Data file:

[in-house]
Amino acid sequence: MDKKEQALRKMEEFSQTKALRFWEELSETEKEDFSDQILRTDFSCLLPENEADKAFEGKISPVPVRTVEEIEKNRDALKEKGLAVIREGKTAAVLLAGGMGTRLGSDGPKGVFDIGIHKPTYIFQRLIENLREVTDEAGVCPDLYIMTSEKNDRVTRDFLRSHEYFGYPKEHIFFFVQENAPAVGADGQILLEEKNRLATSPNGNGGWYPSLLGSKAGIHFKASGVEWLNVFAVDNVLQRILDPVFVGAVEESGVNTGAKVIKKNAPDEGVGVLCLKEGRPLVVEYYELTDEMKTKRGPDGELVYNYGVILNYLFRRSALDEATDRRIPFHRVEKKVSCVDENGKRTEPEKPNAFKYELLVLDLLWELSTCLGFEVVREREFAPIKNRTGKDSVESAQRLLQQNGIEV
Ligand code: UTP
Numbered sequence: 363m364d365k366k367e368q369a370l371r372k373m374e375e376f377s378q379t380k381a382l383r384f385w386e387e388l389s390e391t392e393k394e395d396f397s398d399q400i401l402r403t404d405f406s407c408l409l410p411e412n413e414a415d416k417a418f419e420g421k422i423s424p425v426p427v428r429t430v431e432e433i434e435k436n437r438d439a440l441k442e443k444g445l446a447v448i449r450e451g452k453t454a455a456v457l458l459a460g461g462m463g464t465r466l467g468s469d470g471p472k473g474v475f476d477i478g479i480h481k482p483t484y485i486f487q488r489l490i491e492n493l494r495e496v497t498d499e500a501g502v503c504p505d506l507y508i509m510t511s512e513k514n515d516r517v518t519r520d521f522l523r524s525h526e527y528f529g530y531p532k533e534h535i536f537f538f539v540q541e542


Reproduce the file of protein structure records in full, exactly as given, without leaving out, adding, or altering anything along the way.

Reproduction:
[in-house]
Amino acid sequence: MDKKEQALRKMEEFSQTKALRFWEELSETEKEDFSDQILRTDFSCLLPENEADKAFEGKISPVPVRTVEEIEKNRDALKEKGLAVIREGKTAAVLLAGGMGTRLGSDGPKGVFDIGIHKPTYIFQRLIENLREVTDEAGVCPDLYIMTSEKNDRVTRDFLRSHEYFGYPKEHIFFFVQENAPAVGADGQILLEEKNRLATSPNGNGGWYPSLLGSKAGIHFKASGVEWLNVFAVDNVLQRILDPVFVGAVEESGVNTGAKVIKKNAPDEGVGVLCLKEGRPLVVEYYELTDEMKTKRGPDGELVYNYGVILNYLFRRSALDEATDRRIPFHRVEKKVSCVDENGKRTEPEKPNAFKYELLVLDLLWELSTCLGFEVVREREFAPIKNRTGKDSVESAQRLLQQNGIEV
Ligand code: UTP
Numbered sequence: 363m364d365k366k367e368q369a370l371r372k373m374e375e376f377s378q379t380k381a382l383r384f385w386e387e388l389s390e391t392e393k394e395d396f397s398d399q400i401l402r403t404d405f406s407c408l409l410p411e412n413e414a415d416k417a418f419e420g421k422i423s424p425v426p427v428r429t430v431e432e433i434e435k436n437r438d439a440l441k442e443k444g445l446a447v448i449r450e451g452k453t454a455a456v457l458l459a460g461g462m463g464t465r466l467g468s469d470g471p472k473g474v475f476d477i478g479i480h481k482p483t484y485i486f487q488r489l490i491e492n493l494r495e496v497t498d499e500a501g502v503c504p505d506l507y508i509m510t511s512e513k514n515d516r517v518t519r520d521f522l523r524s525h526e527y528f529g530y531p532k533e534h535i536f537f538f539v540q541e542